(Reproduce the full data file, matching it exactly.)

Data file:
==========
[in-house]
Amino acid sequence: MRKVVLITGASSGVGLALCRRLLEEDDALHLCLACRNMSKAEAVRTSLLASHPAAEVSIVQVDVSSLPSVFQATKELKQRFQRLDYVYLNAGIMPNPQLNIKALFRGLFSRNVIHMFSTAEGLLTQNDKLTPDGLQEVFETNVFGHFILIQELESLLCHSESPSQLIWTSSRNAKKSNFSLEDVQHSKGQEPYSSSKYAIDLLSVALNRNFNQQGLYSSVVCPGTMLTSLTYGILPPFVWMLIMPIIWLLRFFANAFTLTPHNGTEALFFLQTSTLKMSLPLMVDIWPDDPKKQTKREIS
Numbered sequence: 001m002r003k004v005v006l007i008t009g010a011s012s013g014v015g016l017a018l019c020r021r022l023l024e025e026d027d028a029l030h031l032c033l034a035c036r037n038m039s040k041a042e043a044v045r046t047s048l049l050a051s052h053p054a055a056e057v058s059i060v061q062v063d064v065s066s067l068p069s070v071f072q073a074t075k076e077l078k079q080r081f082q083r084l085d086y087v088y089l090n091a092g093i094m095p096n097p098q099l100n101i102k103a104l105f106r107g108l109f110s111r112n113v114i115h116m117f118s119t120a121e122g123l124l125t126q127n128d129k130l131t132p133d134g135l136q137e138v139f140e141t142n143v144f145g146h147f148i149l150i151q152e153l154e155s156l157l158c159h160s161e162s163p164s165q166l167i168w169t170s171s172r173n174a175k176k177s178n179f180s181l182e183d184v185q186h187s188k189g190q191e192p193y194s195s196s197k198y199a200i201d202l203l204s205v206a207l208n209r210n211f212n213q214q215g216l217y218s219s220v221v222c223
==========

[in-house]
Amino acid sequence: MRKVVLITGASSGVGLALCRRLLEEDDALHLCLACRNMSKAEAVRTSLLASHPAAEVSIVQVDVSSLPSVFQATKELKQRFQRLDYVYLNAGIMPNPQLNIKALFRGLFSRNVIHMFSTAEGLLTQNDKLTPDGLQEVFETNVFGHFILIQELESLLCHSESPSQLIWTSSRNAKKSNFSLEDVQHSKGQEPYSSSKYAIDLLSVALNRNFNQQGLYSSVVCPGTMLTSLTYGILPPFVWMLIMPIIWLLRFFANAFTLTPHNGTEALFFLQTSTLKMSLPLMVDIWPDDPKKQTKREIS
Numbered sequence: 001m002r003k004v005v006l007i008t009g010a011s012s013g014v015g016l017a018l019c020r021r022l023l024e025e026d027d028a029l030h031l032c033l034a035c036r037n038m039s040k041a042e043a044v045r046t047s048l049l050a051s052h053p054a055a056e057v058s059i060v061q062v063d064v065s066s067l068p069s070v071f072q073a074t075k076e077l078k079q080r081f082q083r084l085d086y087v088y089l090n091a092g093i094m095p096n097p098q099l100n101i102k103a104l105f106r107g108l109f110s111r112n113v114i115h116m117f118s119t120a121e122g123l124l125t126q127n128d129k130l131t132p133d134g135l136q137e138v139f140e141t142n143v144f145g146h147f148i149l150i151q152e153l154e155s156l157l158c159h160s161e162s163p164s165q166l167i168w169t170s171s172r173n174a175k176k177s178n179f180s181l182e183d184v185q186h187s188k189g190q191e192p193y194s195s196s197k198y199a200i201d202l203l204s205v206a207l208n209r210n211f212n213q214q215g216l217y218s219s220v221v222c223